Starting in 2010, a dozen states launched ambitious efforts to control the growth of Medicaid costs and improve health outcomes by transforming how health care is delivered. Through a strategy called “delivery system reform,” the idea is to make upstream investments that help Medicaid enrollees and people without insurance get timely primary and preventive care to avoid more costly and often unnecessary care in hospitals and emergency rooms downstream.
These state initiatives, known as delivery system reform incentive payment (DSRIP) demonstrations, invested nearly $50 billion by mid-2017. In the initial years of the demonstrations (which typically last five years), hospitals, physician groups, community health clinics, and other providers serving Medicaid and uninsured patients invest DSRIP funds in the building blocks of reform, such as expanded primary care capacity, improved health information technology systems, and workforce development. In later demonstration years, they are expected to report their performance on quality and other indicators and earn incentive payments based on improved performance relative to specified targets.
Mathematica’s initial evaluation of three state demonstrations, as part of the National 1115 Demonstration Evaluation, suggests the challenge of swimming upstream in DSRIP waters. Results from early experiences in California, New Jersey, and Texas indicate little or no improvement in three key indicators: (1) emergency department (ED) visits, (2) follow-up visits after ED visits for chronic health conditions, and (3) regular blood tests for patients with diabetes.
Because these states were among the first to launch DSRIP demonstrations (in 2010–2012), it may simply be too soon to detect real effects. The results were based on data available for just the first year of the program in New Jersey, the first two years in Texas, and the first three years in California. Changes in how care is delivered to millions of Medicaid and uninsured patients, served by multiple providers and numerous health plans, may take several years to yield tangible improvements.
Certain features of the demonstrations may also explain the results. The three early-adopter states gave safety net hospitals, which serve disproportionate shares of Medicaid and uninsured patients, flexibility to craft their own reforms, rather than taking a more prescribed approach required by more recent DSRIP demonstrations in other states. Getting the payment incentives and improvement targets just right—ambitious, but achievable—can also be difficult. States need to offer enough funds to motivate providers to spend the time and effort to make tough changes, but states cannot set the performance bar so high that providers will fail and become discouraged.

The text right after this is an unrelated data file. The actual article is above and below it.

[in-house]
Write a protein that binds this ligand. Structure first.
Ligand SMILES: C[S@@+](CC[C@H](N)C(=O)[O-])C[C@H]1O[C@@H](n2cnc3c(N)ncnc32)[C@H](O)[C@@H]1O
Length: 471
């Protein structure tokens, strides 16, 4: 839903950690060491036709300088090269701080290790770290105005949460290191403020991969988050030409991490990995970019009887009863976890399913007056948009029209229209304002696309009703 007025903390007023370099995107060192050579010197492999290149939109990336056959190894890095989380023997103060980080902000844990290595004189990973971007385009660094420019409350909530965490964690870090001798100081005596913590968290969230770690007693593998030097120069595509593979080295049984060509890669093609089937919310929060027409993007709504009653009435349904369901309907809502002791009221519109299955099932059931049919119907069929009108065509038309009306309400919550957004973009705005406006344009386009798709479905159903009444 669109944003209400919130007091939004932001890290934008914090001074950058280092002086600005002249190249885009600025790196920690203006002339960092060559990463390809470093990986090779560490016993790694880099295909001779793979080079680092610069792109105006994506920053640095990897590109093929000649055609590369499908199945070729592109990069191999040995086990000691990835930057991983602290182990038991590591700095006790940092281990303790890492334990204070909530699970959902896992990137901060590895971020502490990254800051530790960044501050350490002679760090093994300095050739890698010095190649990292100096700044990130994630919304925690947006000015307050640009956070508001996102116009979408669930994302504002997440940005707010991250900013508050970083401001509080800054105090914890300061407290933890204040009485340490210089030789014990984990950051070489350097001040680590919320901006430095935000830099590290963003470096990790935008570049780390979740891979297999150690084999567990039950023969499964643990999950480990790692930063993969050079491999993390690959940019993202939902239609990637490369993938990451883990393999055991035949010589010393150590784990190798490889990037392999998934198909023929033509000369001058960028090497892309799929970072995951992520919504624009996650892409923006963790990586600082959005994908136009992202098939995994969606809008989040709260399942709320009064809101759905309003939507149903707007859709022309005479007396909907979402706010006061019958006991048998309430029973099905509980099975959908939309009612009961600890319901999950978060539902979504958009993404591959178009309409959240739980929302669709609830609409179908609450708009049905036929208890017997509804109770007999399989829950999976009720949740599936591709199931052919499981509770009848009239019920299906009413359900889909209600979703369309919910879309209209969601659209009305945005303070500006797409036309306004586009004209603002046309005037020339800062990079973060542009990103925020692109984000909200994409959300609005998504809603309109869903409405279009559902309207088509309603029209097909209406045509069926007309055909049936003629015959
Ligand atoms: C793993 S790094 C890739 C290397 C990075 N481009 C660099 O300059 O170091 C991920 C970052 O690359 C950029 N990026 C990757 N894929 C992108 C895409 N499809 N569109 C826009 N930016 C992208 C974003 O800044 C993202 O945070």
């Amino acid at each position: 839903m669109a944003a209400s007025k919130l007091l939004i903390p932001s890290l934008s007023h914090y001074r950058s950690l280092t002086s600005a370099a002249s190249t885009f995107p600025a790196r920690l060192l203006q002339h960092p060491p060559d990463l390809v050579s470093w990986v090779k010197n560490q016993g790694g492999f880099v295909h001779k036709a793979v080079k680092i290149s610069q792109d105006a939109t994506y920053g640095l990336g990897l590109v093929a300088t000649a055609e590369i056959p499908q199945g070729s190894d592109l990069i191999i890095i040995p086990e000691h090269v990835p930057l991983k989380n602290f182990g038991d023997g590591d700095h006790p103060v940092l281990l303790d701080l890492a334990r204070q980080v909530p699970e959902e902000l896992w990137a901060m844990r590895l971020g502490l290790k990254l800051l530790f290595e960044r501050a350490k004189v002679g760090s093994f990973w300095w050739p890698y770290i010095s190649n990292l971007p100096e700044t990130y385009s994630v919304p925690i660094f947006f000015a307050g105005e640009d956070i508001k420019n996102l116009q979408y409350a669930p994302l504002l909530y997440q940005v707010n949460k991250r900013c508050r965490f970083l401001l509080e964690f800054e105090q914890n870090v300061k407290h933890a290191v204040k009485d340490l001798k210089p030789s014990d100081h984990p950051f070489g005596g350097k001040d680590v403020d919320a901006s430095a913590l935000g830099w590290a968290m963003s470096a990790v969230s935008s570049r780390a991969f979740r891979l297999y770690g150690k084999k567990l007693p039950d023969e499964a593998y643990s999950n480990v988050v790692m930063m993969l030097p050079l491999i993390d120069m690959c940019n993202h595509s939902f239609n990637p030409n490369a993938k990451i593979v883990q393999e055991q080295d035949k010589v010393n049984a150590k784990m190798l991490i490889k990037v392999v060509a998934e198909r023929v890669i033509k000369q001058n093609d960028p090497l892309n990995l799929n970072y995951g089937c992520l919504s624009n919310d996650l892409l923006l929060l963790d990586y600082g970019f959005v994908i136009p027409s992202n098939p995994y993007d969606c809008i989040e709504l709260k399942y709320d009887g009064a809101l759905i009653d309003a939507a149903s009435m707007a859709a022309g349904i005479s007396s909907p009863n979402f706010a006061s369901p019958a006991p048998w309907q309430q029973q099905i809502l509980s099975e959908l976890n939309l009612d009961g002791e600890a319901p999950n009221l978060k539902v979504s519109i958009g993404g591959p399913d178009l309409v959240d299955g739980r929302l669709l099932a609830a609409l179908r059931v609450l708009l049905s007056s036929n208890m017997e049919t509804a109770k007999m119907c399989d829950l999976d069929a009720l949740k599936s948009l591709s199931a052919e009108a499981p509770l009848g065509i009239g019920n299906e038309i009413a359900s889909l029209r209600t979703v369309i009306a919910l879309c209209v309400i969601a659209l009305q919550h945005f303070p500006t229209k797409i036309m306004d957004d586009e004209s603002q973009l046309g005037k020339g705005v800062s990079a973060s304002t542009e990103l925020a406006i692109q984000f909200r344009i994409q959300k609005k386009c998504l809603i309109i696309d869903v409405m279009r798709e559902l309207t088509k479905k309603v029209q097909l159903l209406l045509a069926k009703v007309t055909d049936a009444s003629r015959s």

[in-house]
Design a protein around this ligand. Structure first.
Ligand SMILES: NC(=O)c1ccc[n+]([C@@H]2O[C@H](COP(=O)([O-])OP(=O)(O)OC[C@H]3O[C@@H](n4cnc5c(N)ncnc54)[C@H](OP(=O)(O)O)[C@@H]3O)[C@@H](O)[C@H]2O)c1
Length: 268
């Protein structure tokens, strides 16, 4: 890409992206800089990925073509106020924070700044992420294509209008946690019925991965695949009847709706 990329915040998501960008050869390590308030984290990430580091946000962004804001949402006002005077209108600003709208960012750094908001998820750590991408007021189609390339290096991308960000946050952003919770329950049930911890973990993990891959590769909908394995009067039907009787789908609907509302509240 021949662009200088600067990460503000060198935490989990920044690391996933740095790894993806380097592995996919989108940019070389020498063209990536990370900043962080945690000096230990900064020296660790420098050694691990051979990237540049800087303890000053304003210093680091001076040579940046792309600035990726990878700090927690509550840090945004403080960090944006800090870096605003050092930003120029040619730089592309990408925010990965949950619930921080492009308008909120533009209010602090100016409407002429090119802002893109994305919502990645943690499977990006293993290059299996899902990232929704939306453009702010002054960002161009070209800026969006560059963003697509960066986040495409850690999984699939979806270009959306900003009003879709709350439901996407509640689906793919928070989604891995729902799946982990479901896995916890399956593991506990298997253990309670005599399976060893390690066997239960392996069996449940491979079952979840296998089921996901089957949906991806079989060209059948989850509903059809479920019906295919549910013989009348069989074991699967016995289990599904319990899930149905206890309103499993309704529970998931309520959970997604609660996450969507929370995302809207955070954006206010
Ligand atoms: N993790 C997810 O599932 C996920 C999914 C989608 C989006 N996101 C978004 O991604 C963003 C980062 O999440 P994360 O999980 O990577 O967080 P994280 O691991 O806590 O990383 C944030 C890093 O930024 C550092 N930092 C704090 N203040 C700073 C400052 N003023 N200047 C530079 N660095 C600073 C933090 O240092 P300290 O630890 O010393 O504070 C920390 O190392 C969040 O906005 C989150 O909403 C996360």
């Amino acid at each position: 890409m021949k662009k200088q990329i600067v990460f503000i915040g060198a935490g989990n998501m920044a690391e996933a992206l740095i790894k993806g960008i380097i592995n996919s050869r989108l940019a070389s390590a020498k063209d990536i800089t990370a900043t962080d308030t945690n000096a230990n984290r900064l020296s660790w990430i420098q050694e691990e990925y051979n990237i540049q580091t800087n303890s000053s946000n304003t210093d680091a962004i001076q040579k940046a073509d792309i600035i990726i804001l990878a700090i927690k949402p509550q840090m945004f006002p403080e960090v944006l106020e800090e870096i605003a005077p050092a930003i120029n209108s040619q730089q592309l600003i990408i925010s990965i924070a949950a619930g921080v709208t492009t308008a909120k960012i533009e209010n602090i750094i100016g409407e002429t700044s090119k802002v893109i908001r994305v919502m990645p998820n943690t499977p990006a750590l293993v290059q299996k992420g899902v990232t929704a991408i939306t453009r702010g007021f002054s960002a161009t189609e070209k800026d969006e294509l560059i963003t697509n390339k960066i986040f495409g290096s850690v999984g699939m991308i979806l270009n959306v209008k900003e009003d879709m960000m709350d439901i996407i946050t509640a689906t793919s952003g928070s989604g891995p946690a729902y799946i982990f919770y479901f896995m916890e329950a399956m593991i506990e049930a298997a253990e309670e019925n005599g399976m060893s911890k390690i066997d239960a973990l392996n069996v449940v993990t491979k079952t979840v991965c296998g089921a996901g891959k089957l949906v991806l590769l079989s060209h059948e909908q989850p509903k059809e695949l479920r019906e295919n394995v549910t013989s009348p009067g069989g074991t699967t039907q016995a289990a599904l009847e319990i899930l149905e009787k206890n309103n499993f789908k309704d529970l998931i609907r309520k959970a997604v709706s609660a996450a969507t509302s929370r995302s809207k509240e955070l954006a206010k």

State Medicaid leaders and safety net providers also faced operational hurdles. For example, directing people who are sick away from hospitals toward community-based providers requires that the two sets of organizations cooperate. As New York’s DSRIP leaders succinctly put it: “Collaboration is, essentially, the work of delivery system transformation." However, state funding rules do not always support such partnerships. New Jersey, for instance, encouraged these types of partnerships, but disbursed payments to hospitals only, creating challenges engaging community partners and funding their efforts to participate in DSRIP.
However, promising signs of progress are emerging as states learned from their early experiences and changed course. For example, New York, which started its program in 2014, made a conscious effort to promote shared accountability by all stakeholders—hospitals, community-based providers, managed care organizations, and the state itself. All parties bear at least some risk of losing funds if they do not meet statewide goals, including a 25 percent reduction in avoidable hospital use by 2020, which the state has made notable progress toward meeting. DSRIP funds in states with more mature programs enabled providers to build data and information systems to track their performance against quality improvement targets. A provider in Massachusetts said the state’s initial program had a “ripple effect across the organization…in understanding and using data, process and outcome measures, and accountability.” These investments are also helping safety net providers become better prepared to participate in value-based payment arrangements with Medicaid managed care plans.
Challenges remain in making sure adequate funding flows to safety net providers, whose profit margins are often razor thin. There are also looming questions about whether hard-won changes can be sustained after demonstration periods end and funds run out. A year from now, though, when Mathematica is able to take a longer look at DSRIP effects in a final outcomes evaluation, it will become clear if the downstream effects on hospital and ED visits, and returns on upstream investments, are flowing in the right direction.